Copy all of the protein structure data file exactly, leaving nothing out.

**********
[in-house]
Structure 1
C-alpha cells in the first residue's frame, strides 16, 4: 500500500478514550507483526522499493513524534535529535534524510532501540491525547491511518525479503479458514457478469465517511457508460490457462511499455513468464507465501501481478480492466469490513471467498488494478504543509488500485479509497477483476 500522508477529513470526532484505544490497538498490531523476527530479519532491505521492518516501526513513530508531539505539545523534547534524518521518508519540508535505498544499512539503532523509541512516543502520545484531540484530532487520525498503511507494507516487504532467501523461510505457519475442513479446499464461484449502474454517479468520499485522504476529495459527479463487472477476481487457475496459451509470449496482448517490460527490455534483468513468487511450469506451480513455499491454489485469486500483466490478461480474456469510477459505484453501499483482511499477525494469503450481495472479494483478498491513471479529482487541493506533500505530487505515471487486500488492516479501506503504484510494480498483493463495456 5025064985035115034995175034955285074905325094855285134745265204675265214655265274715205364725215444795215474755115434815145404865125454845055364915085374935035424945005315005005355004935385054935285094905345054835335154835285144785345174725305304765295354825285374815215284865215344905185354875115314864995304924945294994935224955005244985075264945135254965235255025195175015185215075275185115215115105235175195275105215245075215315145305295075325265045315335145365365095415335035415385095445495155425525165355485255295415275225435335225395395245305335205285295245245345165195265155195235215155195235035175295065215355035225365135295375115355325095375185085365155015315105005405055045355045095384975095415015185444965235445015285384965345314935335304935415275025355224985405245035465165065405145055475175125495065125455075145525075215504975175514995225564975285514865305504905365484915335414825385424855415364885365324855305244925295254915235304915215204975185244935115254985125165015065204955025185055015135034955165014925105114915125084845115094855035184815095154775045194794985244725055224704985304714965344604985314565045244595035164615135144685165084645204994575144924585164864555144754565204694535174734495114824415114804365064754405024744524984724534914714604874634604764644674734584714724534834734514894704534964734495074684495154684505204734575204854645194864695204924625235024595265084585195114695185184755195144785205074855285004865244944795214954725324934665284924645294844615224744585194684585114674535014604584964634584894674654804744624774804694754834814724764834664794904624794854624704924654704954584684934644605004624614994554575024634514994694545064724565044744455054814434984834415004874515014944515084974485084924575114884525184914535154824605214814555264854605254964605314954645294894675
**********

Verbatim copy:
[in-house]
Structure 1
C-alpha cells in the first residue's frame, strides 16, 4: 500500500478514550507483526522499493513524534535529535534524510532501540491525547491511518525479503479458514457478469465517511457508460490457462511499455513468464507465501501481478480492466469490513471467498488494478504543509488500485479509497477483476 500522508477529513470526532484505544490497538498490531523476527530479519532491505521492518516501526513513530508531539505539545523534547534524518521518508519540508535505498544499512539503532523509541512516543502520545484531540484530532487520525498503511507494507516487504532467501523461510505457519475442513479446499464461484449502474454517479468520499485522504476529495459527479463487472477476481487457475496459451509470449496482448517490460527490455534483468513468487511450469506451480513455499491454489485469486500483466490478461480474456469510477459505484453501499483482511499477525494469503450481495472479494483478498491513471479529482487541493506533500505530487505515471487486500488492516479501506503504484510494480498483493463495456 5025064985035115034995175034955285074905325094855285134745265204675265214655265274715205364725215444795215474755115434815145404865125454845055364915085374935035424945005315005005355004935385054935285094905345054835335154835285144785345174725305304765295354825285374815215284865215344905185354875115314864995304924945294994935224955005244985075264945135254965235255025195175015185215075275185115215115105235175195275105215245075215315145305295075325265045315335145365365095415335035415385095445495155425525165355485255295415275225435335225395395245305335205285295245245345165195265155195235215155195235035175295065215355035225365135295375115355325095375185085365155015315105005405055045355045095384975095415015185444965235445015285384965345314935335304935415275025355224985405245035465165065405145055475175125495065125455075145525075215504975175514995225564975285514865305504905365484915335414825385424855415364885365324855305244925295254915235304915215204975185244935115254985125165015065204955025185055015135034955165014925105114915125084845115094855035184815095154775045194794985244725055224704985304714965344604985314565045244595035164615135144685165084645204994575144924585164864555144754565204694535174734495114824415114804365064754405024744524984724534914714604874634604764644674734584714724534834734514894704534964734495074684495154684505204734575204854645194864695204924625235024595265084585195114695185184755195144785205074855285004865244944795214954725324934665284924645294844615224744585194684585114674535014604584964634584894674654804744624774804694754834814724764834664794904624794854624704924654704954584684934644605004624614994554575024634514994694545064724565044744455054814434984834415004874515014944515084974485084924575114884525184914535154824605214814555264854605254964605314954645294894675